St. Ives (1976, J. Lee Thompson)
Each year I tend to find myself attracted to a group of films I’ve previously known about, but thus far kept at a distance. 2016, it would seem, will go down as the year where I dove into the films of Charles Bronson, with an emphasis on his frequent collaborations with one of cinema’s great journeymen, J. Lee Thompson. St. Ives marked the first of the nine films they made together. Based on the second of five novels by Ross Thomas (writing as Oliver Bleeck) about a professional writer/go-between named Philip St. Ives (changed to Raymond for the film), St. Ives is a brisk entertaining crime thriller that allows Bronson to be his typical tough-guy self, but with a slightly debonair edge his characters were very seldom allowed to exhibit. It also doesn’t hurt that the film features peak Jacqueline Bisset as the sexy (natch) ex-cop now in league with master-thief John Houseman, who hires St. Ives to find the stolen plans for his next heist. Also featuring early appearances by Jeff Goldblum (who also appeared in Bronson’s most iconic film—Death Wish) and Robert Englund, St. Ives isn’t the best film in either Bronson or Thompson’s filmographies, but it’s a good start to a cinematic relationship worthy of further investigation.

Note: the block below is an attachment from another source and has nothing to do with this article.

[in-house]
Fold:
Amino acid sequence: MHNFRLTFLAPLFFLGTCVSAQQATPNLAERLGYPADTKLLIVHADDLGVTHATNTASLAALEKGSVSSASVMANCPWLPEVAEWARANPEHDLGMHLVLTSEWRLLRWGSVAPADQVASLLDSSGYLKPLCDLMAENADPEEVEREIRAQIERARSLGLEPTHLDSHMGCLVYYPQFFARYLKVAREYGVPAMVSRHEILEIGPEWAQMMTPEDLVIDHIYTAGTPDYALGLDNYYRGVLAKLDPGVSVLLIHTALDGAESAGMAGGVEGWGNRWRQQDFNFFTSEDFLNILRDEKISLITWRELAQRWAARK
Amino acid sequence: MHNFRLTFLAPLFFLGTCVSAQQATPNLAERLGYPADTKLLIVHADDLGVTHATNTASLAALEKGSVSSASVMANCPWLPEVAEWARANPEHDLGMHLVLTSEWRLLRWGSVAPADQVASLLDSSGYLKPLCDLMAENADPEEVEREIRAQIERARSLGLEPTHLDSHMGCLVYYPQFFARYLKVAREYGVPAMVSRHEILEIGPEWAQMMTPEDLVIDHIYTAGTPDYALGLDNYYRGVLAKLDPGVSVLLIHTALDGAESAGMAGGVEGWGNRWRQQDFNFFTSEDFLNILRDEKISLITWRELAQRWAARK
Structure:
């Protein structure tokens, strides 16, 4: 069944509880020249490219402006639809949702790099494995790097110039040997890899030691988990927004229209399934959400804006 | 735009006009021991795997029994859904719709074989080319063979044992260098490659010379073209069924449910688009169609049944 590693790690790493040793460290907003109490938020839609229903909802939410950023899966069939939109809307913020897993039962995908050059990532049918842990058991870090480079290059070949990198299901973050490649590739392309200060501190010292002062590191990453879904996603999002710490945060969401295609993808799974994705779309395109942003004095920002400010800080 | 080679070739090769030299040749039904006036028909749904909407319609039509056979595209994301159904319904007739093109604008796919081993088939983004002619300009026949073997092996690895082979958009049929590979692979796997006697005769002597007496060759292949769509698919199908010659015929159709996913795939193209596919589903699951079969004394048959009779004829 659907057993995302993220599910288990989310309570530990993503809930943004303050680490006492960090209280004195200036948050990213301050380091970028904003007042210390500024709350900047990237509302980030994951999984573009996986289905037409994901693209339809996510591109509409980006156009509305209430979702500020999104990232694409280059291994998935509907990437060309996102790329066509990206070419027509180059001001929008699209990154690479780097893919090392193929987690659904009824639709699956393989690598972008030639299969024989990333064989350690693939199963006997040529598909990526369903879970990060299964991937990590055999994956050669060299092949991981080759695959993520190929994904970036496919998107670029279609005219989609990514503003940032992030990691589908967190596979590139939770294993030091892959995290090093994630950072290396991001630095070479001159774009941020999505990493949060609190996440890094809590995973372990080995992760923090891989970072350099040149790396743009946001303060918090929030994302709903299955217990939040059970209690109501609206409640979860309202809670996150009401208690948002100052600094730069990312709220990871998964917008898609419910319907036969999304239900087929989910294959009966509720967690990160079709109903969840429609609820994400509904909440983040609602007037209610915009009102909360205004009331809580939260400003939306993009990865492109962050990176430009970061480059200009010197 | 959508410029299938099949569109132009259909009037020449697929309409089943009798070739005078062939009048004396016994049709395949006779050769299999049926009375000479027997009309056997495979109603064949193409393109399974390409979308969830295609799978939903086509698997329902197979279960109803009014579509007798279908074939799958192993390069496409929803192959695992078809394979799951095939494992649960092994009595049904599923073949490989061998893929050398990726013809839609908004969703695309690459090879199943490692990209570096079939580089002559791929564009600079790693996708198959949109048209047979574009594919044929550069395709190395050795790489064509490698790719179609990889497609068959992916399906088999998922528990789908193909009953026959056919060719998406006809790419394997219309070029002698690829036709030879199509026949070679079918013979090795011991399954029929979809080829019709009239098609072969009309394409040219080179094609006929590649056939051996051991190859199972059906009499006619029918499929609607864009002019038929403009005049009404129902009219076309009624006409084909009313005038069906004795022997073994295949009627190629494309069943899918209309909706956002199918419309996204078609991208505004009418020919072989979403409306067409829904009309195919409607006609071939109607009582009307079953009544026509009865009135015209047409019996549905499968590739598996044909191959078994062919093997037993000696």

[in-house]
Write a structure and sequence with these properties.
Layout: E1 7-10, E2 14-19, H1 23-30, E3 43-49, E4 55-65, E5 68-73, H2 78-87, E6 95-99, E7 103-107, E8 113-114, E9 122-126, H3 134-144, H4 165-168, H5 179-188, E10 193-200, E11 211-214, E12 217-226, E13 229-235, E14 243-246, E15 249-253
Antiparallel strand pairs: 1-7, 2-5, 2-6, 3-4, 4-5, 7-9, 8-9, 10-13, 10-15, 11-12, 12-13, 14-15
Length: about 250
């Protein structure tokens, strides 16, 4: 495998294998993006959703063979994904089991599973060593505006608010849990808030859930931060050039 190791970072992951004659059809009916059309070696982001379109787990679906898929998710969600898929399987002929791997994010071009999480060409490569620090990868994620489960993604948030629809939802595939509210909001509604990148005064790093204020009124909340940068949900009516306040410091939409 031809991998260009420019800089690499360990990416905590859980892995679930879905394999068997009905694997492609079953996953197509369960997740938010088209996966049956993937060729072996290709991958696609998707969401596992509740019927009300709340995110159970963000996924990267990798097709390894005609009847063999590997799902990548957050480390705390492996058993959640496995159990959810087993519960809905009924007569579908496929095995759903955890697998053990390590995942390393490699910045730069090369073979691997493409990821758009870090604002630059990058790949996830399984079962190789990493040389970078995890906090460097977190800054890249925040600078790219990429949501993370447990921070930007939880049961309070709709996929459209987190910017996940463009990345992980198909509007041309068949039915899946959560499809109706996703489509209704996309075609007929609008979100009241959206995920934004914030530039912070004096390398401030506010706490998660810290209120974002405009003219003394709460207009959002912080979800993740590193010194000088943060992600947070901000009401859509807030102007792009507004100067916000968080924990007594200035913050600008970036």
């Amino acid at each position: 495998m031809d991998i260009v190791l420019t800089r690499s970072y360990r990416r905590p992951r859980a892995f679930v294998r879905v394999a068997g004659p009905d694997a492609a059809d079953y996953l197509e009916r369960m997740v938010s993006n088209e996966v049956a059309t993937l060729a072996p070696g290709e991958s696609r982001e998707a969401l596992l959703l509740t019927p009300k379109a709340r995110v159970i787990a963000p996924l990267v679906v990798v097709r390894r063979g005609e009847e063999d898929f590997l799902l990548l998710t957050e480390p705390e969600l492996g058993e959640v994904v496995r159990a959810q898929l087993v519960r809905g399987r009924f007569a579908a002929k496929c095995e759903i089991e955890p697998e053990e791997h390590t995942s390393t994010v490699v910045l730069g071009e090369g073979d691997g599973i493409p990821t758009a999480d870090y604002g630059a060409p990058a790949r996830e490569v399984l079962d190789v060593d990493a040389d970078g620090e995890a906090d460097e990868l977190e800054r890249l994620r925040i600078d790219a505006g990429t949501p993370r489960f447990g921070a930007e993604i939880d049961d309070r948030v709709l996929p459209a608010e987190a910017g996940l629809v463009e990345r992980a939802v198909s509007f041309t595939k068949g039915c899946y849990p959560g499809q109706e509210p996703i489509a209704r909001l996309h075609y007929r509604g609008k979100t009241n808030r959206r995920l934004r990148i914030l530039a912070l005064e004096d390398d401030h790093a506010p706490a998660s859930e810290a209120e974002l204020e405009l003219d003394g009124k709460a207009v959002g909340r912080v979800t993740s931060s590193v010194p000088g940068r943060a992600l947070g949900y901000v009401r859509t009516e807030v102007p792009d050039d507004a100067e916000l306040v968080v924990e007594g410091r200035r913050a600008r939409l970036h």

Werewolf Woman (aka La lupa mannara, 1976, Rino Di Silvestro)
Busty French Sondra Locke-lookalike, Annik Borel (Truck Turner), plays Daniela—the titular character who isn’t actually a werewolf, but who is driven to madness and murder by her inability to meet anyone who doesn’t eventually try to rape her. A truly ridiculous movie, Werewolf Woman is also a surprising hypnotic one—the kind of Euro-sleazefest that pushes past the boundaries of good taste with such idiosyncratic dedication that it achieves its own perverse authenticity. The movie doesn’t make any sense and is obviously just an excuse to get Borelout of her clothes as frequently as possible, but rather than detract from the experience, this incoherence gives the film an unearthly dreamlike quality that lingers with you long after the movie has ended.